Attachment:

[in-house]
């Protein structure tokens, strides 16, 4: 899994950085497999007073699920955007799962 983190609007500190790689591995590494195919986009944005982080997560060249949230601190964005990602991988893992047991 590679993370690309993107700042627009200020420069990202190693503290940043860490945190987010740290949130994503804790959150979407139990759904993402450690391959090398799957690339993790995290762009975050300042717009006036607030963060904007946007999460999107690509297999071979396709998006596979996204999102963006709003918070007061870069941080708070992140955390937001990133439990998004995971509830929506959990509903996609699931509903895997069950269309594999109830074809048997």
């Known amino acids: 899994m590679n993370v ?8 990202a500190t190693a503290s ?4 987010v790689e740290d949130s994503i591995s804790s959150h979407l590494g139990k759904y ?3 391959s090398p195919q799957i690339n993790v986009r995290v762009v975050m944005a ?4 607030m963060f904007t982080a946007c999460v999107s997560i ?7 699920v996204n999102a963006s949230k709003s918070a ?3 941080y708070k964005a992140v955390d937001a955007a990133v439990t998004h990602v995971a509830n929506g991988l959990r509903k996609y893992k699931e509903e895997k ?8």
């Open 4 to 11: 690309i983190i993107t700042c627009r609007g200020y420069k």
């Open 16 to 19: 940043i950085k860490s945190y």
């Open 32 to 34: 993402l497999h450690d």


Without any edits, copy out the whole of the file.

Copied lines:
[in-house]
């Protein structure tokens, strides 16, 4: 899994950085497999007073699920955007799962 983190609007500190790689591995590494195919986009944005982080997560060249949230601190964005990602991988893992047991 590679993370690309993107700042627009200020420069990202190693503290940043860490945190987010740290949130994503804790959150979407139990759904993402450690391959090398799957690339993790995290762009975050300042717009006036607030963060904007946007999460999107690509297999071979396709998006596979996204999102963006709003918070007061870069941080708070992140955390937001990133439990998004995971509830929506959990509903996609699931509903895997069950269309594999109830074809048997």
């Known amino acids: 899994m590679n993370v ?8 990202a500190t190693a503290s ?4 987010v790689e740290d949130s994503i591995s804790s959150h979407l590494g139990k759904y ?3 391959s090398p195919q799957i690339n993790v986009r995290v762009v975050m944005a ?4 607030m963060f904007t982080a946007c999460v999107s997560i ?7 699920v996204n999102a963006s949230k709003s918070a ?3 941080y708070k964005a992140v955390d937001a955007a990133v439990t998004h990602v995971a509830n929506g991988l959990r509903k996609y893992k699931e509903e895997k ?8």
């Open 4 to 11: 690309i983190i993107t700042c627009r609007g200020y420069k």
């Open 16 to 19: 940043i950085k860490s945190y």
């Open 32 to 34: 993402l497999h450690d």